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The Cyber Defense Review

Book Review: Ghost Fleet – Scary, Accessible, Entertaining and Plausible – The Future Implications of Cyber Attacks

By Dr. Aaron Brantly | October 23, 2015

Singer, P. W., and Cole, August. Ghost Fleet: A Novel of the Next World War. New York: Houghton Mifflin Harcourt Publishing Company, 2015, 416pp.

When it comes to cyber Pearl Harbor metaphors, this book takes the cake. Providing a disturbingly realistic take on a connected future warfare scenario Singer and Cole immerse the reader into a world that lies just beyond the horizon. Their tale of interwoven fact and fiction is a quick and entertaining must read for all who would belittle the potential disruptive attributes of cyberspace and a networked way of war that has become increasingly pervasive from modern strategy and tactics down to acquisitions and manpower assessments.

Starting their story in a future that finds the United States in confusing geopolitical world recovering from economic collapse and war where the Chinese Communist Party has been replaced by an ominously named plutocratic-military junta called the Directorate. The novel’s focus is placed on the interconnectedness of systems that seem to be just within our current technological grasp. Viz glasses that are eerily similar to Google Glass have made all but the older generations of officers and enlisted crew digital dependents well beyond even our current generations of cell-phone toting youths. The dichotomy in the opening pages between a digitally immersed crew and a paternal non-digital XO sets a stage for the triumph of old fashioned strategy, tactical acumen and seamanship over the sterile vision of over the horizon conflict between naval forces and space assets floating high above.

The dialogue is fast paced and the story shifts effortlessly between differing perspectives within the novel. Frequently the reader is left wanting more detail, more description and deeper insight into each of the characters. Yet, with rare exception there is little time or effort spent on emotionally developing the characters or making the audience really yearn for their survival. The primary exception is the principal protagonist, Jamie Simmons, a naval officer who assumes command of his vessel when his captain is killed the opening conflict. Captain Simmons contends with competing pressures of being a son, a father and a husband. Yet, it is his relationship to his father that offers the most direct emotional juxtaposition of old and new and positions Captain Simmons as the bridge between the Alfred Thayer Mahan and Ender Wiggin.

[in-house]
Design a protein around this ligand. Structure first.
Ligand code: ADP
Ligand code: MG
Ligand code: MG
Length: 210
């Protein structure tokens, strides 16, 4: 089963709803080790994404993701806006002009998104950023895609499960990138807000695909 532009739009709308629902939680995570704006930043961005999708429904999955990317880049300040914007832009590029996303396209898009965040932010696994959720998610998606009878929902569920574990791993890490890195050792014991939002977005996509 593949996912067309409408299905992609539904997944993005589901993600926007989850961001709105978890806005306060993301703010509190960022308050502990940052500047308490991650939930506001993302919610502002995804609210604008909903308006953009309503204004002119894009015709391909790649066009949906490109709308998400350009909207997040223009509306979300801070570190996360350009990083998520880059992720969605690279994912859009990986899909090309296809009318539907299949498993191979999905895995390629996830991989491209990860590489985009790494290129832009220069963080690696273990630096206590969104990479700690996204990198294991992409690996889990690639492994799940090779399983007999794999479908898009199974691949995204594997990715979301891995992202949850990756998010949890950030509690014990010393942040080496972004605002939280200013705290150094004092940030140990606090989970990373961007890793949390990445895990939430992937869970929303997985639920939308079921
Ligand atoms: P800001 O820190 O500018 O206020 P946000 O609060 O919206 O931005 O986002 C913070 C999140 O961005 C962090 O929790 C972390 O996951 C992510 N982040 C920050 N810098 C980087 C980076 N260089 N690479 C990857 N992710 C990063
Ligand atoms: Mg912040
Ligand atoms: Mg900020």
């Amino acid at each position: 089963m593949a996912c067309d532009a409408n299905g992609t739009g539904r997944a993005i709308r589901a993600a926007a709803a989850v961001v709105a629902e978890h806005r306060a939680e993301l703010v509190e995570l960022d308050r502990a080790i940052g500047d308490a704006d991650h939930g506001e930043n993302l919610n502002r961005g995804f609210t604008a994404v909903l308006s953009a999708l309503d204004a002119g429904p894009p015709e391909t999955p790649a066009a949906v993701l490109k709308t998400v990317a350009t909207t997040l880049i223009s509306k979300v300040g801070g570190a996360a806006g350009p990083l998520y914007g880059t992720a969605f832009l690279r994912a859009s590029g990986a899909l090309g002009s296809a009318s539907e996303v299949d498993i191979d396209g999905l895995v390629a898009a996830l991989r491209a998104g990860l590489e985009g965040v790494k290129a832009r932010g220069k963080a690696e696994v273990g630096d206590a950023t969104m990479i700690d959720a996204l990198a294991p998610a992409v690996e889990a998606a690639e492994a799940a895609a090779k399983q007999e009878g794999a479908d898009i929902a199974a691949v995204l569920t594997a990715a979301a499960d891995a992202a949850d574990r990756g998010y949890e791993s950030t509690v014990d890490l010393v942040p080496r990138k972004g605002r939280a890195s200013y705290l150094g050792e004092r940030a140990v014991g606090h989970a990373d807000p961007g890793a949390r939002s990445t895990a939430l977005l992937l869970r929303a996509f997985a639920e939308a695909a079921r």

The technical explanations in the book are excellent both in their relevance and their accessibility to the average reader. Even the concepts not discussed, such as why guns are not fired in space stations, provide a sense of accuracy and realism that is absent in less technologically attuned works. It is clear that the authors did their research. Yet, beyond the technical accuracy and the engaging plot, it is the interwoven references to current platform developments both for naval and air forces that stand out as stark warnings against existing military acquisition patterns. If the argument of the book could be distilled down, it would be that technology can be a significant force multiplier, but a careless dependence on technology alone increases risk.

Ghost Fleet is solid introduction through fiction to many of the potential future challenges faced in cyberspace. Whether or not all its prognostications on the integration of digital technologies into warfighting occur – individuals interested in a quick and exciting read and policy makers looking for a glimpse at a possible future have at their disposal an exciting and relevant tale.

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